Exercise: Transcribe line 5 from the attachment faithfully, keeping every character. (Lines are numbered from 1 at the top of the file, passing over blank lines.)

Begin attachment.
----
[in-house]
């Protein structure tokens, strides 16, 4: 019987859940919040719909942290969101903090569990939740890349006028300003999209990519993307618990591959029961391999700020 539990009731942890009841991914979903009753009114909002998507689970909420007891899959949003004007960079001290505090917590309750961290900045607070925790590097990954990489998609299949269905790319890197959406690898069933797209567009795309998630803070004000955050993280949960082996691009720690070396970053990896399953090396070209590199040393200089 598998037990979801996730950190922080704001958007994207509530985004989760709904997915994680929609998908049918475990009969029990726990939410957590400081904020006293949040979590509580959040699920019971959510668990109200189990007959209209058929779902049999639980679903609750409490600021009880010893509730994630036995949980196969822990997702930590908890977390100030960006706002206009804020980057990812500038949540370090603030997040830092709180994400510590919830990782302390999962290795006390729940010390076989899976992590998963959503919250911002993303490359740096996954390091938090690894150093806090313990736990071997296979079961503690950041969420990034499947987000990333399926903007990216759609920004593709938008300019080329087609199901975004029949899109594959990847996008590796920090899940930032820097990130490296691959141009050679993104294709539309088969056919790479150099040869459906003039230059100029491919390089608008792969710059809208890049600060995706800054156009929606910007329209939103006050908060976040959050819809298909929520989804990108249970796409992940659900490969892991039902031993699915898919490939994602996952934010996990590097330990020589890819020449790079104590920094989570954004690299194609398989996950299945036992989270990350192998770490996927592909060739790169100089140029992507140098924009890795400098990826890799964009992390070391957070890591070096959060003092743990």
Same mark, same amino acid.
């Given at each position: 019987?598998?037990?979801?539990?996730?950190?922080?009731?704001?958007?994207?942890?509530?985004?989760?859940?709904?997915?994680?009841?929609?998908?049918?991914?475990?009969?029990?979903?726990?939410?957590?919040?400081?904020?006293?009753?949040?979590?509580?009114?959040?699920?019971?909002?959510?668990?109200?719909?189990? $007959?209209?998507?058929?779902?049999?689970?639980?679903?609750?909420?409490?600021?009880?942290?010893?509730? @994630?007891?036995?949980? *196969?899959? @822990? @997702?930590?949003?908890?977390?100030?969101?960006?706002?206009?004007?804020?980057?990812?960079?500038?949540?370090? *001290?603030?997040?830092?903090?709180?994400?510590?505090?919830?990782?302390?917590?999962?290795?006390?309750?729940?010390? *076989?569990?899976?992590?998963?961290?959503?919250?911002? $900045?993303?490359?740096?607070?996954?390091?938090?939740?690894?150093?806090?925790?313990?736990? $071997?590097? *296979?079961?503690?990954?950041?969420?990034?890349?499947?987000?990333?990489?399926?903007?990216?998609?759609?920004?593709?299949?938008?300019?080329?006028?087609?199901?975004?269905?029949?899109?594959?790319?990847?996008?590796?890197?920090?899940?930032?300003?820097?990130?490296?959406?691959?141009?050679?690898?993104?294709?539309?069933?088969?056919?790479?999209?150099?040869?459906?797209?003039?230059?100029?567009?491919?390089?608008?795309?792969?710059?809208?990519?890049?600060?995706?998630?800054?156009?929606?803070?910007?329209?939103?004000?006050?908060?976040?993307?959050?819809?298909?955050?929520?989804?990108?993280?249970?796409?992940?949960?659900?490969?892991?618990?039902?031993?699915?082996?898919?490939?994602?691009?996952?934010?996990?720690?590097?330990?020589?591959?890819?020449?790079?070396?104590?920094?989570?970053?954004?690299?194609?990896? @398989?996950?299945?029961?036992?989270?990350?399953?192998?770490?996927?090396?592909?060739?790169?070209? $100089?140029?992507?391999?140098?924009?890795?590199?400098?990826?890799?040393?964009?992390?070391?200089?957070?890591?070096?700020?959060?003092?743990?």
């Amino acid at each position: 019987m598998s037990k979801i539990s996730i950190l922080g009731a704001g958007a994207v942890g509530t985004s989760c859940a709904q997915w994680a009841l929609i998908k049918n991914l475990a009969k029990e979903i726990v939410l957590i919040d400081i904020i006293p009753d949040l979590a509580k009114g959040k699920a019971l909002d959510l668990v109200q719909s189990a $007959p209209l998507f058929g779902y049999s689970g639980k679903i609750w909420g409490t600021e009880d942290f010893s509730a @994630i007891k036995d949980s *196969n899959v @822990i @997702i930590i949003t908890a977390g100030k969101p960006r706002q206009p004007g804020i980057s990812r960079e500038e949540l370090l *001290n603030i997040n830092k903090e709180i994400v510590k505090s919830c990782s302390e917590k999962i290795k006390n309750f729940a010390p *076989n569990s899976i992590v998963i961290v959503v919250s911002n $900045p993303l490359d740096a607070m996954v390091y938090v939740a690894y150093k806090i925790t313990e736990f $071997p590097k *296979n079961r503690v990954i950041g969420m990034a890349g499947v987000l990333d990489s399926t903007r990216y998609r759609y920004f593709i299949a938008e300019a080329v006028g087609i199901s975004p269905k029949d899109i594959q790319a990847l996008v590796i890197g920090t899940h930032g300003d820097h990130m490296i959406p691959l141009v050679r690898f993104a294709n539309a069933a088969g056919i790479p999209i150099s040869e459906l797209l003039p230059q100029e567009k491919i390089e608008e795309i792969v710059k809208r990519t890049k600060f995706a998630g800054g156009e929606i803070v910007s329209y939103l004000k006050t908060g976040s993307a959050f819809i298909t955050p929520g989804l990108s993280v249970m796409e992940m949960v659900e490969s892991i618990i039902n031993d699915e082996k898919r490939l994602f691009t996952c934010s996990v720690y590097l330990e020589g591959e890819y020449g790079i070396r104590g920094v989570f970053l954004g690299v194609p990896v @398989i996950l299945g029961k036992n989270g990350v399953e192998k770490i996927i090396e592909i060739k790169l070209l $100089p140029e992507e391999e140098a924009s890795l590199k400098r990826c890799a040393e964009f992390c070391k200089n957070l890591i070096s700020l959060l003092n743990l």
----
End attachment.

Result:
């Amino acid at each position: 019987m598998s037990k979801i539990s996730i950190l922080g009731a704001g958007a994207v942890g509530t985004s989760c859940a709904q997915w994680a009841l929609i998908k049918n991914l475990a009969k029990e979903i726990v939410l957590i919040d400081i904020i006293p009753d949040l979590a509580k009114g959040k699920a019971l909002d959510l668990v109200q719909s189990a $007959p209209l998507f058929g779902y049999s689970g639980k679903i609750w909420g409490t600021e009880d942290f010893s509730a @994630i007891k036995d949980s *196969n899959v @822990i @997702i930590i949003t908890a977390g100030k969101p960006r706002q206009p004007g804020i980057s990812r960079e500038e949540l370090l *001290n603030i997040n830092k903090e709180i994400v510590k505090s919830c990782s302390e917590k999962i290795k006390n309750f729940a010390p *076989n569990s899976i992590v998963i961290v959503v919250s911002n $900045p993303l490359d740096a607070m996954v390091y938090v939740a690894y150093k806090i925790t313990e736990f $071997p590097k *296979n079961r503690v990954i950041g969420m990034a890349g499947v987000l990333d990489s399926t903007r990216y998609r759609y920004f593709i299949a938008e300019a080329v006028g087609i199901s975004p269905k029949d899109i594959q790319a990847l996008v590796i890197g920090t899940h930032g300003d820097h990130m490296i959406p691959l141009v050679r690898f993104a294709n539309a069933a088969g056919i790479p999209i150099s040869e459906l797209l003039p230059q100029e567009k491919i390089e608008e795309i792969v710059k809208r990519t890049k600060f995706a998630g800054g156009e929606i803070v910007s329209y939103l004000k006050t908060g976040s993307a959050f819809i298909t955050p929520g989804l990108s993280v249970m796409e992940m949960v659900e490969s892991i618990i039902n031993d699915e082996k898919r490939l994602f691009t996952c934010s996990v720690y590097l330990e020589g591959e890819y020449g790079i070396r104590g920094v989570f970053l954004g690299v194609p990896v @398989i996950l299945g029961k036992n989270g990350v399953e192998k770490i996927i090396e592909i060739k790169l070209l $100089p140029e992507e391999e140098a924009s890795l590199k400098r990826c890799a040393e964009f992390c070391k200089n957070l890591i070096s700020l959060l003092n743990l």